It is critical to ask why UNMISS has failed.

The above-mentioned reports emphasise weaknesses in UNMISS planning, preparation and co-ordination. Similarly, a UN Board of Inquiry report on the February 2016 violence against IDPs in Malakal revealed confusion in UNMISS command and control, rules of engagement and coordination: both within mission components and among partners.

These causes point to a key flaw in that the mandate of the mission does not match its capacity. The UN High-Level Independent Panel on United Nations Peace Operations has underscored the importance for mandates to “be aligned with capacities”. In the case of UNMISS, the mission has been tasked with a mandate of huge responsibility – but has been given limited capacities to achieve this.

The mission consists of roughly 12,000 troops and 1,320 police, but has no “force multipliers” such as attack aeroplanes, helicopters and advanced weaponries. During the July fighting, UNMISS had less than 2,000 troops and some police on the ground. These peacekeepers were scarcely able protect themselves – let alone avert the violence of SPLA soldiers who had ground and air capabilities.

Added to that, the political support extended to UNMISS was neither sufficient nor timely.

Although there have been moves towards establishing a hybrid court aimed at ensuring justice for victims of violence, this has not yet materialised. After the July violence, the UNSC decided to deploy a regional force of 4,000 troops to function as part of UNMISS, but this has also been obstructed by Kiir’s government. Despite ongoing violations, the international community, and the UNSC in particular, have yet to take truly meaningful action against perpetrators.

Thus, how could UNMISS overcome these setbacks? The current mandate will expire soon, so it becomes critical to question how the mission would function beyond this time. Would it continue with a similar role of limited capacity – or will the mission be empowered with an executive mandate of full capacity?

The first option has already proven unsuccessful – and the situation in South Sudan is growing increasingly serious. This is due to the proliferation of multiple armed groups in the country; the growth of ethnic-based polarisation; continued violence perpetrated by the government and opposition soldiers and militias; and a lack of effective and committed leadership in the country. Continuing with the same mandate would not allow UNMISS to be effective in protecting civilians and support the peace process.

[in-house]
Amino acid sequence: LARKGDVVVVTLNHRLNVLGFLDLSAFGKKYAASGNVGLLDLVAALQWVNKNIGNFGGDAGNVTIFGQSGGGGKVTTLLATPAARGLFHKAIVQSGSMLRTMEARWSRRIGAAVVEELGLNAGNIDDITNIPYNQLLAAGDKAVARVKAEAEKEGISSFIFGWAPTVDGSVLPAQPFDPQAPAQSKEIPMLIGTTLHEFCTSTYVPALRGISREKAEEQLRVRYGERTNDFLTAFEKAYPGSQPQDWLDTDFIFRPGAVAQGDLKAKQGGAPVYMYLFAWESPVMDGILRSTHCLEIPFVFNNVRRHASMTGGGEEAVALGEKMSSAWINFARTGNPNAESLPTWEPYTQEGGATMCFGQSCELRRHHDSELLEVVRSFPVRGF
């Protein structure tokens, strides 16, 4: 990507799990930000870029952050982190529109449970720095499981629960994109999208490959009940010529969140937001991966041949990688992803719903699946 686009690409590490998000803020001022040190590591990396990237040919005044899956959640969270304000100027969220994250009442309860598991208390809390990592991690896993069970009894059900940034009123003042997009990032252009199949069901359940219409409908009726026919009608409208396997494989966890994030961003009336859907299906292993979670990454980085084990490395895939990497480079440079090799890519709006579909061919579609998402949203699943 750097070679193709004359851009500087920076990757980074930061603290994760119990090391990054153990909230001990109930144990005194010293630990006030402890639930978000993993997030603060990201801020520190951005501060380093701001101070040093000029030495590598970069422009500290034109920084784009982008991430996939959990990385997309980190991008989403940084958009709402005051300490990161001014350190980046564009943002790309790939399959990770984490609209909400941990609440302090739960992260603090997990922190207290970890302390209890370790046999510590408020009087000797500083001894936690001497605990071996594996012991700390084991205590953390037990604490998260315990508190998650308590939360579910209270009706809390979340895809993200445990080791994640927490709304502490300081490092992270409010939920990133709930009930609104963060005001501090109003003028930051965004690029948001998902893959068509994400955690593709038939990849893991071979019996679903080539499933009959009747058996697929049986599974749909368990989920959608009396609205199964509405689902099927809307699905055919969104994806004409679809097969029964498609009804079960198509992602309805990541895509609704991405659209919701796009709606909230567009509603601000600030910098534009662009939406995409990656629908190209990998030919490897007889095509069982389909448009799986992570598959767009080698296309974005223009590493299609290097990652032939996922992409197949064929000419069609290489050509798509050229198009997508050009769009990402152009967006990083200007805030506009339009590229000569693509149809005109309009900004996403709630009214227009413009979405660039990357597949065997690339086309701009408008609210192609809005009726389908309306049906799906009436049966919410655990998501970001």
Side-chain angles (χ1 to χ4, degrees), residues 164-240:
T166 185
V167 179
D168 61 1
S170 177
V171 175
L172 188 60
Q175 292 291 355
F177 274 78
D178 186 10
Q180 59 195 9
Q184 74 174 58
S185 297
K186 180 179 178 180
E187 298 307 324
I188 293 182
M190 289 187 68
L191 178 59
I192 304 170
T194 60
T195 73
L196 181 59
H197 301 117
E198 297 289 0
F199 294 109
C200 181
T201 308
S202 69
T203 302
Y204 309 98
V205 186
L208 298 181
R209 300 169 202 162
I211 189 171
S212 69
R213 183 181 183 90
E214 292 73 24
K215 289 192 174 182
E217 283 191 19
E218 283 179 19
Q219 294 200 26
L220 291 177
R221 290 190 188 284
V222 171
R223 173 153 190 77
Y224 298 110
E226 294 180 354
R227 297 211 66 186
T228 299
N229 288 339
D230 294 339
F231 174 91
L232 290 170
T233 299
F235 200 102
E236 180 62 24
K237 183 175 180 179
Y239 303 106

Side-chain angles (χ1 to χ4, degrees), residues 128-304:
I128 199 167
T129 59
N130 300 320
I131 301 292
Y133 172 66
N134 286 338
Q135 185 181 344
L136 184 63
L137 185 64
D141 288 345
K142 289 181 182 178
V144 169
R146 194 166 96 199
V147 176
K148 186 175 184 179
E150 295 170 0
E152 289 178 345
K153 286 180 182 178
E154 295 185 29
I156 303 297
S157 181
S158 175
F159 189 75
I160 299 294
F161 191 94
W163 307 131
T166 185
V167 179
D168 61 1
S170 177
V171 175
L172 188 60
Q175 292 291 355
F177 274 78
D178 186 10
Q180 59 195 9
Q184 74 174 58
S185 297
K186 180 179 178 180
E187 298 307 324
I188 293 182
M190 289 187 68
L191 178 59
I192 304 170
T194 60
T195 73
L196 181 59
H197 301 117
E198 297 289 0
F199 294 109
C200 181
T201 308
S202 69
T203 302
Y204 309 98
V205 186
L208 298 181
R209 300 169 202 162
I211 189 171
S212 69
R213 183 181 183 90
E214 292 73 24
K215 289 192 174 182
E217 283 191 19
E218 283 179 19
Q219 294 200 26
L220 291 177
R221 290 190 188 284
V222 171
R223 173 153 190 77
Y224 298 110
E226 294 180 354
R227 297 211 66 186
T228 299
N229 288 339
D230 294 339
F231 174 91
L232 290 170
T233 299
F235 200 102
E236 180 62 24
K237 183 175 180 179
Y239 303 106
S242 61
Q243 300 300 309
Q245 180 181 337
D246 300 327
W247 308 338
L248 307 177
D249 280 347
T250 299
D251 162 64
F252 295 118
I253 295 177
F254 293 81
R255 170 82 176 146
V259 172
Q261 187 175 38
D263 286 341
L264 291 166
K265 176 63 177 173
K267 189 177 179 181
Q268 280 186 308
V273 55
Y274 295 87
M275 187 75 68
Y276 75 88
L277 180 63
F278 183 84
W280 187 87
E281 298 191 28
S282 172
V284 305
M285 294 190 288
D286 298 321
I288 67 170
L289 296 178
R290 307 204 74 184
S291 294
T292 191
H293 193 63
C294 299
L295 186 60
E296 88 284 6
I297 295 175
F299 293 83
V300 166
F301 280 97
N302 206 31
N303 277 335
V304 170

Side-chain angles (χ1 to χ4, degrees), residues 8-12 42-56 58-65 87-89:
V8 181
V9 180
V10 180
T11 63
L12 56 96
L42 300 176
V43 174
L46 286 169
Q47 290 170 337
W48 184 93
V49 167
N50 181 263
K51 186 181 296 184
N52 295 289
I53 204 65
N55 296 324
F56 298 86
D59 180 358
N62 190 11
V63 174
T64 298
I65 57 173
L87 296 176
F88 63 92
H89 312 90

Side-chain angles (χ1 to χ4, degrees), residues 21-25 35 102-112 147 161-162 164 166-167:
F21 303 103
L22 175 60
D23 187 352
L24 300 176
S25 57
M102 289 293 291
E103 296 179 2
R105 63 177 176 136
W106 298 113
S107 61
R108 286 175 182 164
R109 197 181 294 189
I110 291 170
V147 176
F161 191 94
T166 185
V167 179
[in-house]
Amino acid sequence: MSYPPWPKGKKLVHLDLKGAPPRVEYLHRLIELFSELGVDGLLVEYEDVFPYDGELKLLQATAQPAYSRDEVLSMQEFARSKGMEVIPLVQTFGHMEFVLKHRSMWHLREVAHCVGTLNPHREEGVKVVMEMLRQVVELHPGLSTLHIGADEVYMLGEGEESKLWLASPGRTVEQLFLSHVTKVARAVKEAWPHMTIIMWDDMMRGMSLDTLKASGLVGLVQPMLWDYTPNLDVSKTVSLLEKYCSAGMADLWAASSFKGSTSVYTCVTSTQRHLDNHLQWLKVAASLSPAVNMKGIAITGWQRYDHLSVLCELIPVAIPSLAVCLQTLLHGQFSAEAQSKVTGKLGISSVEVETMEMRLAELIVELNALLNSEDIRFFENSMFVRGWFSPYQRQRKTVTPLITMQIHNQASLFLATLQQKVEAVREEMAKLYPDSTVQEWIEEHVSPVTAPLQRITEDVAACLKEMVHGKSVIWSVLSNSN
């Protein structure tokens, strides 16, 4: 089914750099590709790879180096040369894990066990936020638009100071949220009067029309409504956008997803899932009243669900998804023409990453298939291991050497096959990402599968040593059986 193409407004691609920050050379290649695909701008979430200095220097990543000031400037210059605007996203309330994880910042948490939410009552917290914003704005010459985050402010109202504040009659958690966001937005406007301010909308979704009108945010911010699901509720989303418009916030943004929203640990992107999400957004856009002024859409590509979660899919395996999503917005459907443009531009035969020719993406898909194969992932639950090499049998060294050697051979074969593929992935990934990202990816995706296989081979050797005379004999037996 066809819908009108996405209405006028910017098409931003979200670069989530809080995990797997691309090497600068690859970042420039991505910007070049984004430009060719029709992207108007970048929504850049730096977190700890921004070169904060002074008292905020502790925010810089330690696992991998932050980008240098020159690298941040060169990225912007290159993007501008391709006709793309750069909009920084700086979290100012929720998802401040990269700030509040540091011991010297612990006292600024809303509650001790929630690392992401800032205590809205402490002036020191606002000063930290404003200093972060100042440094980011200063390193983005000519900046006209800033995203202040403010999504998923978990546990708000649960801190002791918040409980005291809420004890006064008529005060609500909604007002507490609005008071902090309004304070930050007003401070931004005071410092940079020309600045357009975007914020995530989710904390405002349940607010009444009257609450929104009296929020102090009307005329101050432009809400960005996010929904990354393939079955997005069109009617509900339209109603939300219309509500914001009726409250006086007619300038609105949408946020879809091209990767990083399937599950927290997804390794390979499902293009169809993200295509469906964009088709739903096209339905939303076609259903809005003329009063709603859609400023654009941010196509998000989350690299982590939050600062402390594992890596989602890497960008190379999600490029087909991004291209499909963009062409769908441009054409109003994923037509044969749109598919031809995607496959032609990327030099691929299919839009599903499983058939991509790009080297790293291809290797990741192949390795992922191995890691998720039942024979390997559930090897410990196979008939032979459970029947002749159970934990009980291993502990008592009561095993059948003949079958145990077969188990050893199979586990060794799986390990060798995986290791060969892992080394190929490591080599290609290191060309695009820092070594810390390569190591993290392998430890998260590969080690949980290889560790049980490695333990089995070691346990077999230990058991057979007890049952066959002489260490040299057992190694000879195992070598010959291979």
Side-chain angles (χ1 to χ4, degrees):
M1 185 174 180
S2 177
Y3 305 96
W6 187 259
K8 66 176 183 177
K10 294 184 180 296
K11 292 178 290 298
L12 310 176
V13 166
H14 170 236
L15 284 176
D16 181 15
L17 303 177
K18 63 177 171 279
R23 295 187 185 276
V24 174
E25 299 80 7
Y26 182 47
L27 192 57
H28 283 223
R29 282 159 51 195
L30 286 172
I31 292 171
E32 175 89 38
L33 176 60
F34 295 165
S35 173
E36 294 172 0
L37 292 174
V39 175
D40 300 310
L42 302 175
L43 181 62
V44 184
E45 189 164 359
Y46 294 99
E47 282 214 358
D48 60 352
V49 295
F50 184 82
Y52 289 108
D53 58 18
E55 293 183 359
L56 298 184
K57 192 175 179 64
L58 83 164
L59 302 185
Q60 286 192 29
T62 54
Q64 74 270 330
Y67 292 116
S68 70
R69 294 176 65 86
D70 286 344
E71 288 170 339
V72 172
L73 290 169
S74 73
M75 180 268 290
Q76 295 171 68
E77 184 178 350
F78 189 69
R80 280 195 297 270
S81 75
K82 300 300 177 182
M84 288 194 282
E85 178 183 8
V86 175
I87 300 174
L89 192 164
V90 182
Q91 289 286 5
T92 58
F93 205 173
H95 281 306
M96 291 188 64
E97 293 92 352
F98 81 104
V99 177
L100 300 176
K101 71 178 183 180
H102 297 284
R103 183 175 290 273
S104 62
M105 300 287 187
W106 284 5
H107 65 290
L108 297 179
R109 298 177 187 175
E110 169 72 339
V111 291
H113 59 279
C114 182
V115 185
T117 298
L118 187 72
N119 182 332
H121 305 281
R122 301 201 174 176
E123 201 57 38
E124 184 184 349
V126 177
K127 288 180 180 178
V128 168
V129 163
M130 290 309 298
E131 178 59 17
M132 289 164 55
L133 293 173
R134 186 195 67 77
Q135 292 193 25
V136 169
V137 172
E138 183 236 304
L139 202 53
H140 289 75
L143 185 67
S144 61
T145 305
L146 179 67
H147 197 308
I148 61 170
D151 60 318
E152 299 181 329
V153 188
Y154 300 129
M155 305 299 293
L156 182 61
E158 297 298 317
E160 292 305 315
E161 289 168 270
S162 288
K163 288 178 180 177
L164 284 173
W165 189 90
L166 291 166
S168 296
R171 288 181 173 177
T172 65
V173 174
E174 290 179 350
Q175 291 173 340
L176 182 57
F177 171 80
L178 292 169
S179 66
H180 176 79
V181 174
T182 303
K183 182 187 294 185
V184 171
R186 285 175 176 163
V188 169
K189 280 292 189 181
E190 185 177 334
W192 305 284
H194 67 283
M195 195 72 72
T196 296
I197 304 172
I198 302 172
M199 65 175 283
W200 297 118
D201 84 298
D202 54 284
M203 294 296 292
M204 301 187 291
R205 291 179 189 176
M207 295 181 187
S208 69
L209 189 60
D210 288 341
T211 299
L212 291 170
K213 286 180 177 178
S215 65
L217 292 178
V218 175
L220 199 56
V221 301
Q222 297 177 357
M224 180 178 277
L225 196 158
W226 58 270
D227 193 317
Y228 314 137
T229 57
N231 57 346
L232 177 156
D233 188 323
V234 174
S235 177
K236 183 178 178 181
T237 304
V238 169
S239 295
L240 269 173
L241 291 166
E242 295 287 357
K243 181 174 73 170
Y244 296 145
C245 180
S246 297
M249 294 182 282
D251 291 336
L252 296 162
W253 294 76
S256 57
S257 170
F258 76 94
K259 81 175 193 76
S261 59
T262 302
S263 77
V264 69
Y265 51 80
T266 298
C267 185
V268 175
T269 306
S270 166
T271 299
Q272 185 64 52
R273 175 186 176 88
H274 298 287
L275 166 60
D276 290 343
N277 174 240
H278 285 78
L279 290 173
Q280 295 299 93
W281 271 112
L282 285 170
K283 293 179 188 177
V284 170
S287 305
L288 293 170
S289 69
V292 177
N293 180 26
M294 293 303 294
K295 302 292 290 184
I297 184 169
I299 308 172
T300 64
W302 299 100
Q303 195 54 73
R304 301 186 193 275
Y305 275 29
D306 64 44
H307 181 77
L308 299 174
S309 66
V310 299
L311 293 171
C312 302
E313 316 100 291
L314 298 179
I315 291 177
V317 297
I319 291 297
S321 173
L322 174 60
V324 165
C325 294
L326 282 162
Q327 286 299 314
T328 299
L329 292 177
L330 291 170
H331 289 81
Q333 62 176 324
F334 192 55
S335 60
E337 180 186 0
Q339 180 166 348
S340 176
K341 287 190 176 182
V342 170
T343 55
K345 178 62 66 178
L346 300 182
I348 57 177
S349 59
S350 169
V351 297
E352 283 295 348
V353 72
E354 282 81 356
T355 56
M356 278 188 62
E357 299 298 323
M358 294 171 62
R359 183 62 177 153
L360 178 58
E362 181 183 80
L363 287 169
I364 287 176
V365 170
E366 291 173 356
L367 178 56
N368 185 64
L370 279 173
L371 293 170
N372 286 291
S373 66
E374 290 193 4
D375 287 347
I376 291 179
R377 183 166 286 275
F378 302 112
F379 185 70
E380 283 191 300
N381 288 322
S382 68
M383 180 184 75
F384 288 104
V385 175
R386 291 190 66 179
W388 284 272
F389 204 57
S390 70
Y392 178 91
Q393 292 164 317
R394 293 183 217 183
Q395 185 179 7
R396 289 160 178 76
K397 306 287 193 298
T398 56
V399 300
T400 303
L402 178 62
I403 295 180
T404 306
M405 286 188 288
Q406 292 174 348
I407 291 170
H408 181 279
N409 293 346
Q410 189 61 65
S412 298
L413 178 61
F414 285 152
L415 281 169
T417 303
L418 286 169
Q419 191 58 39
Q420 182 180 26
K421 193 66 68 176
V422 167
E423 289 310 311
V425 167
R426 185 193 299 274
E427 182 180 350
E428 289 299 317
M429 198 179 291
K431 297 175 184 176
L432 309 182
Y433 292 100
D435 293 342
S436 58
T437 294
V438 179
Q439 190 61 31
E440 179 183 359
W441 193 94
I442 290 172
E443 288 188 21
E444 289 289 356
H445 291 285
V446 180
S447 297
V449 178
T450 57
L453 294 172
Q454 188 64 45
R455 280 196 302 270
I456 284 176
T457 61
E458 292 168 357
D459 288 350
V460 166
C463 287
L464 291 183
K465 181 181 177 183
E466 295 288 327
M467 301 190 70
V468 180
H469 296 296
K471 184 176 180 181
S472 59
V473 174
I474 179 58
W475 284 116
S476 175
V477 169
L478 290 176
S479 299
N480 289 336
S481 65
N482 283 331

In this respect, the success stories of the United Nations Transitional Administration in East Timor (UNTAET) offer valuable lessons learnt. The UNTAET was authorised to exercise administrative authorities over East Timor during its transition to independence, and was given the right mandate, troops, police, equipment and robust rules of engagement that were required for that specific situations.

Considering the situation in South Sudan, UNMISS should be given a similar mandate. Beyond the protection role and support for the political process, UNMISS should transform the divided SPLA – which continues to pose real security threats to civilians and challenge the entire peace process – into an accountable security force through a complete reform and restructuring process. This can be only possible if the UNSC authorises UNMISS with an executive mandate – and fully equips the mission with all implementation capabilities. DM

Meressa K Dessu is a Researcher and Training Co-ordinator, Peace Operations and Peacebuilding division, ISS Addis Ababa.

Photo: Members of the South Korean contingent Hanbit unit are in action at its base in the city of Bor, Jonglei State, South Sudan, 06 July 2015, as they take part in a quick-reaction-force drill. EPA/YONHAP/POOL